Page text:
The Doc Project

An Ontario man's fight to get out of jail before COVID-19 gets in

As COVID-19 spreads in prisons, a lot of the conversation has focused on releasing non-violent offenders. But according to Ontario's Auditor General, 71 per cent of people in Ontario jails aren’t necessarily offenders at all. They are pretrial — detained, but presumed innocent — like 21-year-old "T" who was held at the Toronto East Detention Centre.

Bail hearings across Ontario are becoming debating grounds about COVID-19

As with many aspects of the COVID-19 crisis, the situation in Canada’s correctional systems is evolving. (FOTOKITA/Shutterstock)

At Toronto East Detention Centre, a 21-year-old man watches the news from inside his jail cell. The cell faces a common area where a TV blasts a 24-hour news channel.

It's early March, and the man The Doc Project has agreed to call "T" for confidentiality reasons, watches as the number of cases of COVID-19 climb in Ontario and almost everywhere else in Canada. 

He and others awaiting trial here are getting scared.

As the politicians on TV call for social distancing, T looks around his tiny cell and the small common area.

"There's 10 cells on a range [cellblock], possibly two people to a cell. Ten or more people, up to 20 people on the range," says T.

Sometimes three people must squeeze inside cells that were really built for two, T says. When this happens, one person sleeps on the floor.

There's 10 cells on a range [cellblock], possibly two people to a cell. Ten or more people, up to 20 people on the range.- T, an inmate at Toronto East Detention Centre

At the time, up to 20 men lived in close quarters with new inmates coming in and a rotation of guards clocking in and out every day. As T watched the news, it became clear to him: these conditions were ripe for spreading COVID-19.

T says a guard told him to try and find a way to make bail, and — for the sake of his health — not to wait for trial from inside the prison.

So, T, like others waiting for trial at the onset of the pandemic, asked his lawyer to do whatever she could to get him out while he awaited trial on charges related to drugs and possession of a weapon.

Inside the courts

Bail hearings across Ontario are becoming debating grounds about COVID-19 and the threat it poses to inmates and detention centre staff.

Hilary Dudding, T's lawyer, says the COVID-19 crisis has brought one of the "busiest and most stressful and surreal" times in her career.

"Everybody's looking for bail," she says.

T’s lawyer Hilary Dudding. (Jo-Anne Schneeweiss)

Defence lawyers are arguing that every single prisoner is at risk of getting sick and that detaining them increases that risk.

Dudding says she's been concerned about how COVID-19 will affect her clients since she saw how the virus spread on cruise ships. She says factors that allowed it to spread there would be "doubly a problem for people in jail."

T says the correctional officers delivered a pile of toiletries to the cellblock every week, but not everyone got some.

"It really depends because some people take more than what they need."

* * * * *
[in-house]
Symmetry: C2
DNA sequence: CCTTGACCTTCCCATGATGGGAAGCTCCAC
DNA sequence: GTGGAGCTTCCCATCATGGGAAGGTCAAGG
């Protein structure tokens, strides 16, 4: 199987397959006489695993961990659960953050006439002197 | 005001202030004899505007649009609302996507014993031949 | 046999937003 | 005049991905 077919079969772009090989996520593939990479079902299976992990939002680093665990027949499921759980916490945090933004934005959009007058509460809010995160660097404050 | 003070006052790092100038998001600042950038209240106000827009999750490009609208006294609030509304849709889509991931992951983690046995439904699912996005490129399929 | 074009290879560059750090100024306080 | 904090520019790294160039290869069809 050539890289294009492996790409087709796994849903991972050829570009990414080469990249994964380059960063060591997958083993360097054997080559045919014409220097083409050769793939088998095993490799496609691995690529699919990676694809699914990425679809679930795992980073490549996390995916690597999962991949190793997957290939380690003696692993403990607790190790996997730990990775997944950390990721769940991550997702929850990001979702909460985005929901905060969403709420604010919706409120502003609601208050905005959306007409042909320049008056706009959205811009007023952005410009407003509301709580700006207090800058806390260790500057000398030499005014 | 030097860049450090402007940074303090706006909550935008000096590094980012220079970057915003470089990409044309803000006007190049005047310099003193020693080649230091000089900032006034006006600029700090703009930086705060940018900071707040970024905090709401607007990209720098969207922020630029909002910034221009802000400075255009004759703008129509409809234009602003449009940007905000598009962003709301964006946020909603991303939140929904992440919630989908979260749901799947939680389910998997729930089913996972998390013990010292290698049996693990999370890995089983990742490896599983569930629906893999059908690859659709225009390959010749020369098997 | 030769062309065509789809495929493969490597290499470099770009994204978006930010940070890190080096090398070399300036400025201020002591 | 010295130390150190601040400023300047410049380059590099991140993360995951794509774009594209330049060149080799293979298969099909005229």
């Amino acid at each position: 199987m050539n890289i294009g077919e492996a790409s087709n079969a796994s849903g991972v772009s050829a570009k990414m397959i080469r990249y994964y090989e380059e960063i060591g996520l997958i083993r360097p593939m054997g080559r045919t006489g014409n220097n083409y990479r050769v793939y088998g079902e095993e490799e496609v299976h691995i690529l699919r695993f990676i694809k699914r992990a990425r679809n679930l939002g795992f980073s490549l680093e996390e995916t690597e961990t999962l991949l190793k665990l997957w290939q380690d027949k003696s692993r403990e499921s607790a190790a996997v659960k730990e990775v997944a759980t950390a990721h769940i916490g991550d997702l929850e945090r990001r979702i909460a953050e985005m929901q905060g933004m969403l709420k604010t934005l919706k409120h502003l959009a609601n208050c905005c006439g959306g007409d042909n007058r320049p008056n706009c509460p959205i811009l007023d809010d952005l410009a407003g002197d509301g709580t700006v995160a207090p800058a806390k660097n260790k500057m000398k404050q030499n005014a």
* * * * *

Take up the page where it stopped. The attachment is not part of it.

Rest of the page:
T said access to hand sanitizer was unpredictable, too. Most jails won't let prisoners have it at all because of the alcohol content, but T says the guards in Toronto East kept large bottles in the hallways between the cells and the yard. Some detainees discovered they could fill a small shampoo bottle with sanitizer from the communal supply and keep it in their cells, he says.

When The Doc Project asked Ontario's Ministry of the Solicitor General about toiletries, a spokesperson said all inmates are "provided cleaning products to keep their living areas clean, as well as toiletries such as soap, shampoo and toothpaste. Additional toiletries are provided to inmates upon request."

Some Crown attorneys are acknowledging the risks to everyone. But Crown attorneys, who spoke to The Doc Project and asked for their names to be withheld, also said they were arguing for prisoners' to present proof of their individual risks, so decision-makers could weigh that risk when deciding on releases.

In Ontario, there's been no public directive from the provincial government on how Crown attorneys should approach bail hearings.

The federal prosecution service put out a memo for their staff, but federal prosecutors only work on a limited range of issues, with their work largely focused on drug-related cases. Ontario Crown attorneys say they are internally discussing strategy, but it's ultimately up to each individual on how to approach their cases. 

The decision to grant or deny bail is complex and based on the specific circumstances of each case.- Ontario's Attorney General

Last week, a spokesperson for Ontario's Attorney General told The Doc Project in a written statement that "the prosecutor must act with objectivity, independence and fairness in each case to ensure early, timely and principled decision making based on the circumstances of the accused and the offence and an appropriate use of legal principles." 

The statement went on to say that if the prosecutor believes releasing the accused would jeopardize safety for a victim or the general public, they must seek detention.